Curriculum Overview

The curriculum of the Department of Psychology is designed to acquaint students both with the contemporary facts of the discipline and with the scientific analysis of behavior and mental processes. These objectives are accomplished by exposure to basic questions that are asked by professionals in the discipline, by learning the basic principles of research methodology and statistics, and by reasonable mastery of the theories and data in specific areas of the discipline. Students with a particular interest in the brain should consider the Interdisciplinary Concentration in Neuroscience.

Students begin their study with Introductory Psychology, a broad survey of all areas of psychology, followed by 200-level courses in statistics/research methods and neuroscience. Students choose from advanced topical and laboratory courses in clinical, cognitive, developmental, neuroscience, and social psychology. These courses, along with a required upper-level course in research design, provide the foundation and depth for undertaking the Senior Project, in which students investigate a topic for a semester or a year, write a senior thesis, and give an oral presentation. Students with interests in clinical, counseling, school, or other areas of applied psychology can enroll in our Field Study course, which combines a seminar in psychological services with 8-10 hours per week in a field placement in one of several cooperating agencies and schools. Thus, the psychology concentrator will graduate with skill in the methods of studying the mind and behavior as well as an awareness of a broad range of content areas.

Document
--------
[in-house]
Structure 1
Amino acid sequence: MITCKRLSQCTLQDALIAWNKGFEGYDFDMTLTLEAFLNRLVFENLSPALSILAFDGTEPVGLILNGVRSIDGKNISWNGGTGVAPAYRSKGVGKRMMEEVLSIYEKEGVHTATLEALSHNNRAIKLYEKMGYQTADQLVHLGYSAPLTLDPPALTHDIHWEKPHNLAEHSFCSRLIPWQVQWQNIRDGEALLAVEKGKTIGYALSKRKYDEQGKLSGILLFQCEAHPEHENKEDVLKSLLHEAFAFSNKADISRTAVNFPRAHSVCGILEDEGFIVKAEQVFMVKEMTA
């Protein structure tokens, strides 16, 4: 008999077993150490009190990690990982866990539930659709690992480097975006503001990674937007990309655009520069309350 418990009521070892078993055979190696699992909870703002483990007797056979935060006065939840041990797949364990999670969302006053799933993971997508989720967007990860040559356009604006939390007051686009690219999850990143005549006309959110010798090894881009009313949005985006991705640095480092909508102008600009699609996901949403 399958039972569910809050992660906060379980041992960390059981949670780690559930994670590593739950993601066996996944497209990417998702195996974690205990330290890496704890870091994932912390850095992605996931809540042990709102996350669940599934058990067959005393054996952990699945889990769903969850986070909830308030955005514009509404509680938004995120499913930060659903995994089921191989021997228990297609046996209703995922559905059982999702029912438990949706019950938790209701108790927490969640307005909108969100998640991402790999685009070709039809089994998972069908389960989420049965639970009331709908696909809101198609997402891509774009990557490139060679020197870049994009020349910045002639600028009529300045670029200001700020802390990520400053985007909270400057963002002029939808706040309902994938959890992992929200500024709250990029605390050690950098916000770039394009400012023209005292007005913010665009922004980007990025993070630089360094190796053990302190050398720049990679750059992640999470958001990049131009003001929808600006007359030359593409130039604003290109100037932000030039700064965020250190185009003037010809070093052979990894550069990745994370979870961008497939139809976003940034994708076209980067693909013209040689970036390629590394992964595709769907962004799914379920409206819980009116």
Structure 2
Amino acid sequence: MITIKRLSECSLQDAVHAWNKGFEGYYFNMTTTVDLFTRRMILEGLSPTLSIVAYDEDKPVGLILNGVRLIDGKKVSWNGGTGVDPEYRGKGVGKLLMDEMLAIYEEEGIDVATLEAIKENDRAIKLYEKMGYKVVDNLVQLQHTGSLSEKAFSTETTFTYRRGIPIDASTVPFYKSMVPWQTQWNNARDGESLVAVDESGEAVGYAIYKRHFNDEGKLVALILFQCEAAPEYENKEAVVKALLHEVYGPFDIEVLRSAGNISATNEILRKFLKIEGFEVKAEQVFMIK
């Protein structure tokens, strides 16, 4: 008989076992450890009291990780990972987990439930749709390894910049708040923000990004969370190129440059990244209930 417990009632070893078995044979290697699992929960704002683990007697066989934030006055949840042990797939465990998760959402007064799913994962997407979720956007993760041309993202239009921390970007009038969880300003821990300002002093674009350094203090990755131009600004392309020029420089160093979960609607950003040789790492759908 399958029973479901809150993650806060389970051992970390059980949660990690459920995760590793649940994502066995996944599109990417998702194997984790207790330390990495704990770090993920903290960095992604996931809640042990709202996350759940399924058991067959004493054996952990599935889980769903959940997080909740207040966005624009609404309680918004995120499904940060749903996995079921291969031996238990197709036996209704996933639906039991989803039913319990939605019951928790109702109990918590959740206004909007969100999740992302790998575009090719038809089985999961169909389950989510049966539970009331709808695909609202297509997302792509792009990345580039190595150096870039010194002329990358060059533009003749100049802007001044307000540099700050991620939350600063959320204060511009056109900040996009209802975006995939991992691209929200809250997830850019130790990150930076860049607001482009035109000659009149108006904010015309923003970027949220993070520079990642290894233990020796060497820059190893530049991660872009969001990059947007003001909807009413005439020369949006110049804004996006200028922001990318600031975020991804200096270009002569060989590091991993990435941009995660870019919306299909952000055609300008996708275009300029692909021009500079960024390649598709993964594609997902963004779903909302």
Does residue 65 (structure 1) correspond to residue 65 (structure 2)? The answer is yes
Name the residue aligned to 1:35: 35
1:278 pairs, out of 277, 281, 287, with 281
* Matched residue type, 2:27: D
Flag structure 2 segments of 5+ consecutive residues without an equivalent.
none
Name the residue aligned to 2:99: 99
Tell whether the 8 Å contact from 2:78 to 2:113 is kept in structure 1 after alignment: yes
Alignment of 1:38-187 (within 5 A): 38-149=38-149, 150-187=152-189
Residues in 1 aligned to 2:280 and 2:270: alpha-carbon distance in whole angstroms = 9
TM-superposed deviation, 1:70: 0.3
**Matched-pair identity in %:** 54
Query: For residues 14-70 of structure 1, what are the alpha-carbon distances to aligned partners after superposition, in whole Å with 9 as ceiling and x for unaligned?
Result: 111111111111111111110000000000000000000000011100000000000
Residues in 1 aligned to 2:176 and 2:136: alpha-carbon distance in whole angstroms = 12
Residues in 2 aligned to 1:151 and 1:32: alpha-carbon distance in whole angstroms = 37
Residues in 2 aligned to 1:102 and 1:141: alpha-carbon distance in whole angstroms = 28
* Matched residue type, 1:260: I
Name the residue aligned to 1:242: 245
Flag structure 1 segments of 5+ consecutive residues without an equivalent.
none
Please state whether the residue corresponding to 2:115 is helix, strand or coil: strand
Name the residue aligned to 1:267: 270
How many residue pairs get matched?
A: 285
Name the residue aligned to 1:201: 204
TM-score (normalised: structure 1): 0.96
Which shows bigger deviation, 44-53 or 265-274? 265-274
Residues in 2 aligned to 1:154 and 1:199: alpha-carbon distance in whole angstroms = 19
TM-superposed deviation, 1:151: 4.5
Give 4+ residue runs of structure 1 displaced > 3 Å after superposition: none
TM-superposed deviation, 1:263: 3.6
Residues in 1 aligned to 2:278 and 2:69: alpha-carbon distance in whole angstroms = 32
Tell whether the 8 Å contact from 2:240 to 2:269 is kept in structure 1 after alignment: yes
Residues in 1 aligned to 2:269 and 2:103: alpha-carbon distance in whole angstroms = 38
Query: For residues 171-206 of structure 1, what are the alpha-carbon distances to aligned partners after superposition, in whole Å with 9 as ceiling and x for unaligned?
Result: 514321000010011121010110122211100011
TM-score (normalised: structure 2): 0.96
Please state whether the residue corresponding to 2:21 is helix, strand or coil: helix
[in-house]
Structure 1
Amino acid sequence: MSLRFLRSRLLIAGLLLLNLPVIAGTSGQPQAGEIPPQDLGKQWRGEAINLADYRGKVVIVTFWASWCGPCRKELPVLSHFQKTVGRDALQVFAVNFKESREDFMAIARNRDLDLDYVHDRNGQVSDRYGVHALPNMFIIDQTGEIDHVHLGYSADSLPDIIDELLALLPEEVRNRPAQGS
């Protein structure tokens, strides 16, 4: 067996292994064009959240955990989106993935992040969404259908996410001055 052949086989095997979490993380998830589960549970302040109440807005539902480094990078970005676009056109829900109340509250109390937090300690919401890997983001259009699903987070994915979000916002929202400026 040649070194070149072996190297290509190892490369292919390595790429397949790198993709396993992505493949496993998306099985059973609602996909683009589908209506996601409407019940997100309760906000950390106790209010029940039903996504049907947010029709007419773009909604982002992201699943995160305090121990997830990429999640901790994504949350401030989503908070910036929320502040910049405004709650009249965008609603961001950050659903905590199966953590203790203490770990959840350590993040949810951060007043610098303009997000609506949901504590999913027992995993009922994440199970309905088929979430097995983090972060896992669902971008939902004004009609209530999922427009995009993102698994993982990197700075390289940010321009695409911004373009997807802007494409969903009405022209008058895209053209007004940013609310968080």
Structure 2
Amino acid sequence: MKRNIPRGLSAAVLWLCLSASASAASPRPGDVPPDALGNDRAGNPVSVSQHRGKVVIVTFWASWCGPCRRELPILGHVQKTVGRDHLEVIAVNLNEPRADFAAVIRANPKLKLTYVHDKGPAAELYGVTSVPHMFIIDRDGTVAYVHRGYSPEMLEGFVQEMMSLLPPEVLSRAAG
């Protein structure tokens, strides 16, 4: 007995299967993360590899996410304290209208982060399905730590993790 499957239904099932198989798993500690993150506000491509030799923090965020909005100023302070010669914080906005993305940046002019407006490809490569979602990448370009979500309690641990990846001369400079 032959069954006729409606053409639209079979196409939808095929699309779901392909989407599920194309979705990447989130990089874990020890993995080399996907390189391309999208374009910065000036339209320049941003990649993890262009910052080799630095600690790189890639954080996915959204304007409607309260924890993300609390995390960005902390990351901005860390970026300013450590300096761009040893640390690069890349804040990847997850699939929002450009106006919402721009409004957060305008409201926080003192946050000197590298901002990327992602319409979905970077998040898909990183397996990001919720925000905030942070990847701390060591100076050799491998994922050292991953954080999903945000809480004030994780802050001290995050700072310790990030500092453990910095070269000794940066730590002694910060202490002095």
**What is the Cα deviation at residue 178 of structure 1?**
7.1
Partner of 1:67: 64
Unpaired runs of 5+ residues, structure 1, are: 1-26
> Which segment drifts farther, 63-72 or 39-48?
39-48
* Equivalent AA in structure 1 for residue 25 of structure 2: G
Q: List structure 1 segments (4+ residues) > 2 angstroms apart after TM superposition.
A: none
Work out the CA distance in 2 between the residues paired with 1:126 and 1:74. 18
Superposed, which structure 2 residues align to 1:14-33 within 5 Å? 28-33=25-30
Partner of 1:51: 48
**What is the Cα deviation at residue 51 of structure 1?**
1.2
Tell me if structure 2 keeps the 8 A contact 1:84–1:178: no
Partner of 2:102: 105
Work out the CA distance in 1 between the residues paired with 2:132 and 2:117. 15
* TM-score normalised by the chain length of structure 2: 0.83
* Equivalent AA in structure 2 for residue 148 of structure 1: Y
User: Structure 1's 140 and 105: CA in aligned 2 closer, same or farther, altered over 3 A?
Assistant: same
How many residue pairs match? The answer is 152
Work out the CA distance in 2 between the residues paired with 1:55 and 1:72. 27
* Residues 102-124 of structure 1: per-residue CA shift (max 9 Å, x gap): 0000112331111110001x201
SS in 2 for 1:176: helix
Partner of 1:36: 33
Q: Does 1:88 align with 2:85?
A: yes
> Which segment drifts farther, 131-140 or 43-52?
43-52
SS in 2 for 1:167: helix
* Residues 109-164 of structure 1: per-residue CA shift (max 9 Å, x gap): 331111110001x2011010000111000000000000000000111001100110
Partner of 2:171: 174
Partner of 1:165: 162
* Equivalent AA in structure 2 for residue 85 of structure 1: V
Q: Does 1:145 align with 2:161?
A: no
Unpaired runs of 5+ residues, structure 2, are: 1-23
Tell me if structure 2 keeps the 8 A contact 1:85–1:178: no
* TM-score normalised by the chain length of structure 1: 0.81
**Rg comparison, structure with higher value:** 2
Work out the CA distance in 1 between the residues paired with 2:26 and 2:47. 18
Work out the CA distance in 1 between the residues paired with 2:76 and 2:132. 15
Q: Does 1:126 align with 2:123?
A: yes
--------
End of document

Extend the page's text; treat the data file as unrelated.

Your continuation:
Students with an interest in autism or in teaching children with special needs have the opportunity to spend a semester of their junior year in a cooperative program at the New England Center for Children.